The unlicensed driver who fled the scene after crashing a car into three members of a family, killing one of them, will have to spend a further three years and 10 months in jail.
On May 8, 2016 — Mother’s Day — Branson George, of Old Montrose, who did not have a driver’s permit, borrowed a car from a friend to go from his home village to the neighbouring community of Green Hill and back.
At the sentencing at the High Court on Thursday, Justice Brian Cottle noted that such a journey would only take a few minutes to drive carefully from one point to another.
“The prisoner at the bar did not drive carefully,” Justice Cottle said.
He said that Branson apparently lost control of the vehicle, accelerated suddenly and swerved unto a sidewalk where he struck three pedestrians.
The vehicle then went on to strike a wall at the side of the road before turning 180 degrees, to face the direction from which it had been coming.
The three pedestrians were members of one family.
Karl Roberts died within days of the accident, while his common law-wife Michelle Shearman and their son, Adam Roberts, were injured to the extent that Shearman requires assistance when walking.
After the accident, George fled the scene without helping his victims and pressured his friend to accept responsibility for the accident.
During his trial, he maintained that he was not the driver of the vehicle.
However, the jury did not believe him and returned a guilty verdict on both counts of the indictment, namely, causing death by dangerous driving and driving without a permit.
In mitigation, George told the court: “I would like to compensate the victims.”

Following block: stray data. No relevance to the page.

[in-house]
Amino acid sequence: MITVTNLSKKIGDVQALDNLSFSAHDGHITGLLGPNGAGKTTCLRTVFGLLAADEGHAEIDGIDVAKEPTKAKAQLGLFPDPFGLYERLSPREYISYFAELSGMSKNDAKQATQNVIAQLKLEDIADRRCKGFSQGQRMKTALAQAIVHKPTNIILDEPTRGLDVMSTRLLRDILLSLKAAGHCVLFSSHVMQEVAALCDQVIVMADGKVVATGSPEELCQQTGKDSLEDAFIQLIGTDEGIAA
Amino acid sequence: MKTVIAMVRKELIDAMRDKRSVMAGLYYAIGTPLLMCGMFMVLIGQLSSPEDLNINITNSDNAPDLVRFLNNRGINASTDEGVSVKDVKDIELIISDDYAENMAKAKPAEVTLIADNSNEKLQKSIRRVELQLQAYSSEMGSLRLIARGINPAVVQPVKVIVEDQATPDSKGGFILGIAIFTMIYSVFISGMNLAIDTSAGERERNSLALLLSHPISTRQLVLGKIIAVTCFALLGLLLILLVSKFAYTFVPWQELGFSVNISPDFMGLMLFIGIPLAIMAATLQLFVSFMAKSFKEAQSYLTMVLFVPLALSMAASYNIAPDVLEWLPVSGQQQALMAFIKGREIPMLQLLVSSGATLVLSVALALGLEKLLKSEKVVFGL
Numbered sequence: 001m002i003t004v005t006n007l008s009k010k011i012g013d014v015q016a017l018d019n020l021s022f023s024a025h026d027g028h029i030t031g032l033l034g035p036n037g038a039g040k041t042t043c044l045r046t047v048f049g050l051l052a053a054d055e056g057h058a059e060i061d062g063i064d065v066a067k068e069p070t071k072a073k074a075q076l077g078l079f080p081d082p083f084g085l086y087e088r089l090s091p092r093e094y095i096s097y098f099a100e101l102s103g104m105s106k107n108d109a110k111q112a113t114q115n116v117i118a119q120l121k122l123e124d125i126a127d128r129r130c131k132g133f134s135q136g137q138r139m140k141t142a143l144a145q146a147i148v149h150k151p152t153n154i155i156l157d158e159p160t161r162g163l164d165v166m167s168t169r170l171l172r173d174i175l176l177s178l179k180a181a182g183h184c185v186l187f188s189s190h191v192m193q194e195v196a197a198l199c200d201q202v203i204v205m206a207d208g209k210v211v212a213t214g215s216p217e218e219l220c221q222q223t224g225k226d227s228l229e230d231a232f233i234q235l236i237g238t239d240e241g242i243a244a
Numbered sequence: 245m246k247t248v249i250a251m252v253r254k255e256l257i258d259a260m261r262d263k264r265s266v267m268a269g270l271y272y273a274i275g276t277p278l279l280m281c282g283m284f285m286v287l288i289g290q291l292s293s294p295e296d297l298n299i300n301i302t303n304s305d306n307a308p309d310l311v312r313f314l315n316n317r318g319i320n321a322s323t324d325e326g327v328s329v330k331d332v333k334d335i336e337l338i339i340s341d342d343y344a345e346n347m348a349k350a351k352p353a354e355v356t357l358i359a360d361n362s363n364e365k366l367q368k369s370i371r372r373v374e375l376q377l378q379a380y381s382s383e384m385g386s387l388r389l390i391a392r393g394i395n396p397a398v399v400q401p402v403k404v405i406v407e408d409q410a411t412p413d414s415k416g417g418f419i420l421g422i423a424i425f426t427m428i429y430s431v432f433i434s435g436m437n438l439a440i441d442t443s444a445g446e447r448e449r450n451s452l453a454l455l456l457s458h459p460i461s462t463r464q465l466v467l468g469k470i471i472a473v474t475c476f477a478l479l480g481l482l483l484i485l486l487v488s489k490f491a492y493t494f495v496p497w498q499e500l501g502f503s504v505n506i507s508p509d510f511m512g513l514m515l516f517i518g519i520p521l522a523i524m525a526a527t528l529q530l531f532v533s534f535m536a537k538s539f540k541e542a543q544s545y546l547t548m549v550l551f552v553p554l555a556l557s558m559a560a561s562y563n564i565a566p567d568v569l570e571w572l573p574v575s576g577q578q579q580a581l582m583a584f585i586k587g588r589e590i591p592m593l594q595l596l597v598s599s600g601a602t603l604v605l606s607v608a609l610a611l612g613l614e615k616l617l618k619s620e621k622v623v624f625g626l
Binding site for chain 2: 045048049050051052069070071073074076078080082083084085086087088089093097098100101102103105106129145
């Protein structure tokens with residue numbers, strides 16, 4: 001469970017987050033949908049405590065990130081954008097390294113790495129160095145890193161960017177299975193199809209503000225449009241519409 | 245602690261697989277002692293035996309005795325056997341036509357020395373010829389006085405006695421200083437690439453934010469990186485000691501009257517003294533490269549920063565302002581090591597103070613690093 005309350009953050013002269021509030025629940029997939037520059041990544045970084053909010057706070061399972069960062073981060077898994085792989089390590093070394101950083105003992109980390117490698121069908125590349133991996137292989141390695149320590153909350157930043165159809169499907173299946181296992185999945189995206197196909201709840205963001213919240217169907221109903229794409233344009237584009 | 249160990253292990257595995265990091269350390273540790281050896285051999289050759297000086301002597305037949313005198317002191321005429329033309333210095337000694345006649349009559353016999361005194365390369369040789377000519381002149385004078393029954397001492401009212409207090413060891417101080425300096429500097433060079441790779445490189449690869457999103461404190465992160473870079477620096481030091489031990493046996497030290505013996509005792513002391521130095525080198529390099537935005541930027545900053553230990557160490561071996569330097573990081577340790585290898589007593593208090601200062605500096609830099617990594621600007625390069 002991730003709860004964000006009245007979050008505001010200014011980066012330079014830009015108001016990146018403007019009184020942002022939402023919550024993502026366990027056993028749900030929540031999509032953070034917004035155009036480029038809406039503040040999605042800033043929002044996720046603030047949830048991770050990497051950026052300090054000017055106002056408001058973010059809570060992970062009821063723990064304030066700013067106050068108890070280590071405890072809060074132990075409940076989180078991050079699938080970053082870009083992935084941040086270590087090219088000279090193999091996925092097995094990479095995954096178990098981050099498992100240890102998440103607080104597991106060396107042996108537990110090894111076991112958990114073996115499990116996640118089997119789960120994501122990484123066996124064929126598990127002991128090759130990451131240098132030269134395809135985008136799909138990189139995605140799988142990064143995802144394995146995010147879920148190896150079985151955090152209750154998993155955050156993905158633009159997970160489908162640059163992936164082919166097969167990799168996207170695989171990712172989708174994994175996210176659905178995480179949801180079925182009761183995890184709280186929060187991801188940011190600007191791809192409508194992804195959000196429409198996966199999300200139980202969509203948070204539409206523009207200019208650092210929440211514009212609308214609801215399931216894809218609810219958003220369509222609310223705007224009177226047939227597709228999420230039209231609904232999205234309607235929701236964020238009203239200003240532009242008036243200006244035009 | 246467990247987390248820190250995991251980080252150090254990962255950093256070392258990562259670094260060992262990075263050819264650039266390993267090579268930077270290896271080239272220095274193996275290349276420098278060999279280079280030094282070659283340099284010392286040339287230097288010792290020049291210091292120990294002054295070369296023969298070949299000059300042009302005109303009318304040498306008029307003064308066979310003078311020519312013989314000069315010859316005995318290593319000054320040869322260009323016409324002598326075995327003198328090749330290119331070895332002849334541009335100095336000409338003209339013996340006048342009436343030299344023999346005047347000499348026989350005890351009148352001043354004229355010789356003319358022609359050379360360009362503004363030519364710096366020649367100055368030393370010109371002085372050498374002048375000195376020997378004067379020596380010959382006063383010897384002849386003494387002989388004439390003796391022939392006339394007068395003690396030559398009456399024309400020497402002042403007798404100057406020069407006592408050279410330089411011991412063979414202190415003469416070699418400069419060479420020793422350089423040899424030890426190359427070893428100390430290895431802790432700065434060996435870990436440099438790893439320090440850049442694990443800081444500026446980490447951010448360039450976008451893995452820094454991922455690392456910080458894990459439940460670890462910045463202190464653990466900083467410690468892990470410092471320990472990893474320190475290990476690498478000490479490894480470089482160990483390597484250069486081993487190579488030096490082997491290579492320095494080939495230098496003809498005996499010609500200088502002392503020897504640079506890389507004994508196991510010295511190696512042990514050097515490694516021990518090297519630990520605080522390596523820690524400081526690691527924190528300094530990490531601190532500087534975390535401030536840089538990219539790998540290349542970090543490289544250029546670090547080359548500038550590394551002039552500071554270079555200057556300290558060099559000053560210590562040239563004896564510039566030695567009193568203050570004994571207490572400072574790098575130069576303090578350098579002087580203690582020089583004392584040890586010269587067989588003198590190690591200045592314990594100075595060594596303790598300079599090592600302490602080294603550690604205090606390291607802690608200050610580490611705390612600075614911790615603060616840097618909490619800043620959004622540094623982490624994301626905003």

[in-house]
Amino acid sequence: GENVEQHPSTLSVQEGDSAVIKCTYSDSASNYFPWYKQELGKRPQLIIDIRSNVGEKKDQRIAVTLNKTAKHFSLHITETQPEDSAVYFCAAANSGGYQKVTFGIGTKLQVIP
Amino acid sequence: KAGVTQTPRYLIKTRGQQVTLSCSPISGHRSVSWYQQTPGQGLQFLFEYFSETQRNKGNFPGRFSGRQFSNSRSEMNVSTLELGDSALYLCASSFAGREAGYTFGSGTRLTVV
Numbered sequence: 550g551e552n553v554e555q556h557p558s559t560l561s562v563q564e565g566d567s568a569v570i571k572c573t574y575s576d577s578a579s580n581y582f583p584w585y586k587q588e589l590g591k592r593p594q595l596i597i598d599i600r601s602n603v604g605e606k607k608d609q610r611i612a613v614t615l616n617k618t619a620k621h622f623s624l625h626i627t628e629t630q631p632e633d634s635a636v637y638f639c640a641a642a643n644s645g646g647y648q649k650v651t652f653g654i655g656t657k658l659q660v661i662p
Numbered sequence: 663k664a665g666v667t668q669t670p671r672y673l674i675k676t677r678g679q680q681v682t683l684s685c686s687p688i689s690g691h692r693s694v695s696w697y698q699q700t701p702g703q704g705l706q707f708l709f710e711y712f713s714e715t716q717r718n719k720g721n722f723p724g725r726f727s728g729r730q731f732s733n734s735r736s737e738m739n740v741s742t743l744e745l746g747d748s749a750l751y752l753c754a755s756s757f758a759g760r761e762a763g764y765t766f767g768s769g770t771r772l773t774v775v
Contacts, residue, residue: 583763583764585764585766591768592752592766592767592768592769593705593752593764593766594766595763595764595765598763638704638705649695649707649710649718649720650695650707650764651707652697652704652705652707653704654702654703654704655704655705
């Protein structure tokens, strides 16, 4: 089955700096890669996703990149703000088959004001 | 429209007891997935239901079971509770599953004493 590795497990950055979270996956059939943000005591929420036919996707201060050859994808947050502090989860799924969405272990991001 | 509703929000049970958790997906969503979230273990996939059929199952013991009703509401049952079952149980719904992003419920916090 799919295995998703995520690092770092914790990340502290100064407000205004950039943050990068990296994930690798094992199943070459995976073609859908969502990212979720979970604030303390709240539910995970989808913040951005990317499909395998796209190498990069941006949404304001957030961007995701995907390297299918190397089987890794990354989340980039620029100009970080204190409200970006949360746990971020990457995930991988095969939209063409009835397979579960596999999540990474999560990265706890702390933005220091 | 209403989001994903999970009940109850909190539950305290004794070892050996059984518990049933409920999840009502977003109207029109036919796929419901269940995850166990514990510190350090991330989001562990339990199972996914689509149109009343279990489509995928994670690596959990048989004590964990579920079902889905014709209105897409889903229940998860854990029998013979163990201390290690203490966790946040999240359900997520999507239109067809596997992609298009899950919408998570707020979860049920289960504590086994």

He said that he was very sorry for what happened, adding, “putting me in jail … ah can’t compensate them”.
He further told the court that if incarcerated, he won’t be able to “help myself to help them”.
“Ah very sorry for what happen; very sorry,” he said, adding that he looks out for his siblings and provides for their needs.
In St. Vincent and the Grenadines, causing death by dangerous driving carries a maximum penalty of seven years in prison, while driving without a permit carries a maximum fine of EC$2,500.
The judge, citing the rulings in other cases, noted that one had said that the starting point for death by dangerous driving should be prison.
He said he chose a benchmark of four years.
He said the aggravating features of the case are that George fled the scene without attempting to help those he had injured, did not have a driving permit, tried to pressure his friend to accept responsibility for the accident, and showed no remorse for his actions.
Police investigation showed that George was never the holder of a driver’s permit.
The judge said he found no mitigating features in the case.
George has previous convictions for wounding and unlawful possession and use of a firearm.
Justice Cottle said this suggests little regard for abiding by established legal norms.
The judge said that it was only after his conviction that George accepted responsibility for the accident, expressed a desire to apologise to his victims, said that the offence was not premeditated and that the brake had failed.
The judge also noted George’s compensation offer, but said that his recent attitude had come far too late in the day to affect the sentence.
He moved upward from the starting point of four years to five years in prison.
George had been in prison since May 16, 2018 and would, therefore, spend a further three years and 10 months in prison.
The judge also disqualified George from holding a driver’s permit for at least five years and ordered him to pay the maximum fine of EC$2,500.
Justice Cottle did not set any timeline for the payment of the fine.
He, however, said if the fine is not paid, George will serve one year in prison, consecutive to the other sentence.
The judge reminded George that he is still a young man and may still wish to make some amends for the harm he has caused.
George did not have a lawyer in the case. Karim Nelson and Rose-Ann Richardson appeared on behalf of the Crown.